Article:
The Internet of Things (IoT) is expected to connect our physical world with billions of sensors and actuators, transforming the way we live and work, as well as creating enormous business markets. Security and privacy are seen as the most critical challenges to IoT growth in the future. Because of the severe energy and cost constraints as well as physical exposure of the IoT devices, software-only security cannot meet the performance demands and faces a variety of new threats targeting hardware, such as cache attacks, side-channel attacks, and semiconductor supply chain attacks. Therefore, to meet the unique challenges of IoT security, hardware designs are in strong demand to complement software defenses, specifically for providing efficient roots of trust, acceleration of secure communications, and protections against physical attacks. Security spans the complete stack of a system and can only be solved holistically through cross-layer co-optimizations.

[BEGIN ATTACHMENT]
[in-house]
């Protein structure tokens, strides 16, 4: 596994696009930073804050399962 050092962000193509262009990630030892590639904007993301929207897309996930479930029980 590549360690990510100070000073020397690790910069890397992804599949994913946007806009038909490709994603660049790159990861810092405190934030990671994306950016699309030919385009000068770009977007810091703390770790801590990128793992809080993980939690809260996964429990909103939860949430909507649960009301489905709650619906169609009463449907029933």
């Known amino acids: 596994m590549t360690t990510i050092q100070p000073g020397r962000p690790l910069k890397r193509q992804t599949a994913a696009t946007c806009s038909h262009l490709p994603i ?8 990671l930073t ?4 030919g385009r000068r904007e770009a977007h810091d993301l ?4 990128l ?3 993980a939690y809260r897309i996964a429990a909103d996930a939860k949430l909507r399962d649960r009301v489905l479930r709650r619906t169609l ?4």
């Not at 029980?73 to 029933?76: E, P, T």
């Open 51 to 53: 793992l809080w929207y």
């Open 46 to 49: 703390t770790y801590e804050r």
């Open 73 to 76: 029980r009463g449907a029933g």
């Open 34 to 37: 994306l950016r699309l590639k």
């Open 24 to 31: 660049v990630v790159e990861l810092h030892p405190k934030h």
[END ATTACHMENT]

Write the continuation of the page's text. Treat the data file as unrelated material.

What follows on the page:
In this talk, I will present hardware designs for IoT security, which cross analog and digital domains and incorporate system considerations. I will first present robust and portable true random number generators (TRNG) and physically unclonable functions (PUF) as roots of trusts for key generation and storage. Several of the designs employ commonly avoided higher order harmonics in multi-mode oscillators as entropy sources. Then, a compact and energy-efficient crypto accelerator for Advanced Encryption Standard (AES) will be shown as another type of fundamental block to support secure IoT system. On the other hand, finding potential security flaws is an indispensable part of enhancing system security. I will unveil one potential vulnerability of integrated circuits by presenting a hardware Trojan attack leveraging analog behaviors of processors, which represents the first fabrication-time hardware attack that is small, stealthy and controllable. Lastly, I will conclude the talk with my vision on future low-power and secure hardware platforms for various IoT applications, which requires strong security primitives, functional blocks (for sensing, power management and processing) fused with analog and digital security protections, and secure communication protocols co-optimized with hardware.
Executive Assistant to the Department Chair
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